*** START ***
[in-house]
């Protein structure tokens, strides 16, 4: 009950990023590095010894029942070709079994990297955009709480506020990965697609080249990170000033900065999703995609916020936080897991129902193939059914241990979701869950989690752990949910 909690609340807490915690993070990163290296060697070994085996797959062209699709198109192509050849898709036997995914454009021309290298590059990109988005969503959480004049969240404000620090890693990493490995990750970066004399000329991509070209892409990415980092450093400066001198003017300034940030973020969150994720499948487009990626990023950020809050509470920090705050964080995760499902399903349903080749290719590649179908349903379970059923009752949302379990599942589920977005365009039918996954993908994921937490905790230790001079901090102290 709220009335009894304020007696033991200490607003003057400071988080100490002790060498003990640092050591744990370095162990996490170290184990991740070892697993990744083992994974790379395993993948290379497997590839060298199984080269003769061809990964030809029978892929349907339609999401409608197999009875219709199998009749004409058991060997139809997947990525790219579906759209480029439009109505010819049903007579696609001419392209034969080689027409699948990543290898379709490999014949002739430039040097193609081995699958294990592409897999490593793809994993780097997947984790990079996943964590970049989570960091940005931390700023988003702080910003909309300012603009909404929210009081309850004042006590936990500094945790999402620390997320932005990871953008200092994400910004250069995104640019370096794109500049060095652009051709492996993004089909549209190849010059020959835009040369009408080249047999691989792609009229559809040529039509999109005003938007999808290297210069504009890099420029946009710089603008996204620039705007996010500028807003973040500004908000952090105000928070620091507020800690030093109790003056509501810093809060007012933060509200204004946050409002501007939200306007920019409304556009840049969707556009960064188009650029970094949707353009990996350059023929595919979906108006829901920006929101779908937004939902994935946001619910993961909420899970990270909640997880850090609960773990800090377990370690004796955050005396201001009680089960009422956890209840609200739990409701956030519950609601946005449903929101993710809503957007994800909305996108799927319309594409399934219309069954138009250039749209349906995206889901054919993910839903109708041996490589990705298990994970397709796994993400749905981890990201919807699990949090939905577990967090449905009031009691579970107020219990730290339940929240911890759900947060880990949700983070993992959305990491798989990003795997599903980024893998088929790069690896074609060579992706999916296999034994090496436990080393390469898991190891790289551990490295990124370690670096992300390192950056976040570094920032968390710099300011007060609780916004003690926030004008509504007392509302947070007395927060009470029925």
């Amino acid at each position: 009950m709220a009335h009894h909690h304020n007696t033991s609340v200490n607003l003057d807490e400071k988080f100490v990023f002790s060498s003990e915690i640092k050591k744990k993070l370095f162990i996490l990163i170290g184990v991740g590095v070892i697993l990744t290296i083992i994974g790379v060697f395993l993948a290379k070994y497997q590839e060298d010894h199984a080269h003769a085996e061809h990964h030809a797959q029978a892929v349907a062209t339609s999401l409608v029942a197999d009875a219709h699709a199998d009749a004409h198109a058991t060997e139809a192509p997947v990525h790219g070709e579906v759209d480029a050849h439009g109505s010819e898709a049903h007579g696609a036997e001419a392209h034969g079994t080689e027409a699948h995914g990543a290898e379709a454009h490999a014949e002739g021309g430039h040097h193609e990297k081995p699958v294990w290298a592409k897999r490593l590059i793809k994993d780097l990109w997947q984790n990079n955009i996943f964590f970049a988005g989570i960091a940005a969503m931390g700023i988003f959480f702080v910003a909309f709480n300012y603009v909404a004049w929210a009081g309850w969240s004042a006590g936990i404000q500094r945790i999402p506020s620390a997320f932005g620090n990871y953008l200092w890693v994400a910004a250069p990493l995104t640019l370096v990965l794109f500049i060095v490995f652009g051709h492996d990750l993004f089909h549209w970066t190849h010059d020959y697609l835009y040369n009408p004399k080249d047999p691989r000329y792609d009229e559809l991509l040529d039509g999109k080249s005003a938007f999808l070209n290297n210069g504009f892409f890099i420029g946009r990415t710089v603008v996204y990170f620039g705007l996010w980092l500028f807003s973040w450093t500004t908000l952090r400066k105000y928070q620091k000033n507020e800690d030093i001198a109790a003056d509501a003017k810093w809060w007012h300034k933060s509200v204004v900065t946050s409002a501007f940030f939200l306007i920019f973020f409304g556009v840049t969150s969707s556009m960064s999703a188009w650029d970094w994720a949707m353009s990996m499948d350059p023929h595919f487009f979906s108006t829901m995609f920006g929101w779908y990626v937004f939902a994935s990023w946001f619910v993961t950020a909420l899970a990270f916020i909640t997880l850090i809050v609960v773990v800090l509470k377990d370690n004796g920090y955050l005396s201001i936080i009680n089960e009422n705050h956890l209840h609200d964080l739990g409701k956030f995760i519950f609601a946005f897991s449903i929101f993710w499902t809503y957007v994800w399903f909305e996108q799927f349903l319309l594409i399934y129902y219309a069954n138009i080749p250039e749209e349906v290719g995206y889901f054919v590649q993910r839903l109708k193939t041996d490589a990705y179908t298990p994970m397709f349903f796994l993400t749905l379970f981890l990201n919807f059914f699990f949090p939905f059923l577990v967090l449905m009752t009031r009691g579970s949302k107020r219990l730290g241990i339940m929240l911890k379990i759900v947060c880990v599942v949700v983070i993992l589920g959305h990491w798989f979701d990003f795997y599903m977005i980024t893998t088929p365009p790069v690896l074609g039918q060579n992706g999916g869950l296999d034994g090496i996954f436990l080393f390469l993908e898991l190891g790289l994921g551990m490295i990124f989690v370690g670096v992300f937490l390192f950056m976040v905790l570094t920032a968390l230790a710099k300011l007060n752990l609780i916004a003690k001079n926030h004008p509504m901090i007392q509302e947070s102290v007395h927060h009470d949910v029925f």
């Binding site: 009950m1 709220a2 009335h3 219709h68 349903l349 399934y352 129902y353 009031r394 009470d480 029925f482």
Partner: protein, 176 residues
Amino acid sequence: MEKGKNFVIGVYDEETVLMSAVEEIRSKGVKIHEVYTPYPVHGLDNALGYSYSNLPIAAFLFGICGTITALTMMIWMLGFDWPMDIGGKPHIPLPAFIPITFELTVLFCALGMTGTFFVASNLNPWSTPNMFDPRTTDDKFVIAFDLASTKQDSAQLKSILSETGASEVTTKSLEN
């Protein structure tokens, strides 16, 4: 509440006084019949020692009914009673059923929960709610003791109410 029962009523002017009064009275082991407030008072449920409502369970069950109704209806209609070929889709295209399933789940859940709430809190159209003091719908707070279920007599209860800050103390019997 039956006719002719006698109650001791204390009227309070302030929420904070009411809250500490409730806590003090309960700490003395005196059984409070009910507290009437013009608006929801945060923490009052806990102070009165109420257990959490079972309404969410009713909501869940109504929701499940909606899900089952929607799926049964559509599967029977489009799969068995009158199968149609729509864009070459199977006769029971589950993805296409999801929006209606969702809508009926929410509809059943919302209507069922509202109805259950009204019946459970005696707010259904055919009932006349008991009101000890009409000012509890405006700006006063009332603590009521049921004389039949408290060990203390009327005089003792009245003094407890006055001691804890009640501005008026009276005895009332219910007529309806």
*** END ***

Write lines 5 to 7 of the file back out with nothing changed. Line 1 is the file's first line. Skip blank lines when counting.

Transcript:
Partner: protein, 176 residues
Amino acid sequence: MEKGKNFVIGVYDEETVLMSAVEEIRSKGVKIHEVYTPYPVHGLDNALGYSYSNLPIAAFLFGICGTITALTMMIWMLGFDWPMDIGGKPHIPLPAFIPITFELTVLFCALGMTGTFFVASNLNPWSTPNMFDPRTTDDKFVIAFDLASTKQDSAQLKSILSETGASEVTTKSLEN
């Protein structure tokens, strides 16, 4: 509440006084019949020692009914009673059923929960709610003791109410 029962009523002017009064009275082991407030008072449920409502369970069950109704209806209609070929889709295209399933789940859940709430809190159209003091719908707070279920007599209860800050103390019997 039956006719002719006698109650001791204390009227309070302030929420904070009411809250500490409730806590003090309960700490003395005196059984409070009910507290009437013009608006929801945060923490009052806990102070009165109420257990959490079972309404969410009713909501869940109504929701499940909606899900089952929607799926049964559509599967029977489009799969068995009158199968149609729509864009070459199977006769029971589950993805296409999801929006209606969702809508009926929410509809059943919302209507069922509202109805259950009204019946459970005696707010259904055919009932006349008991009101000890009409000012509890405006700006006063009332603590009521049921004389039949408290060990203390009327005089003792009245003094407890006055001691804890009640501005008026009276005895009332219910007529309806």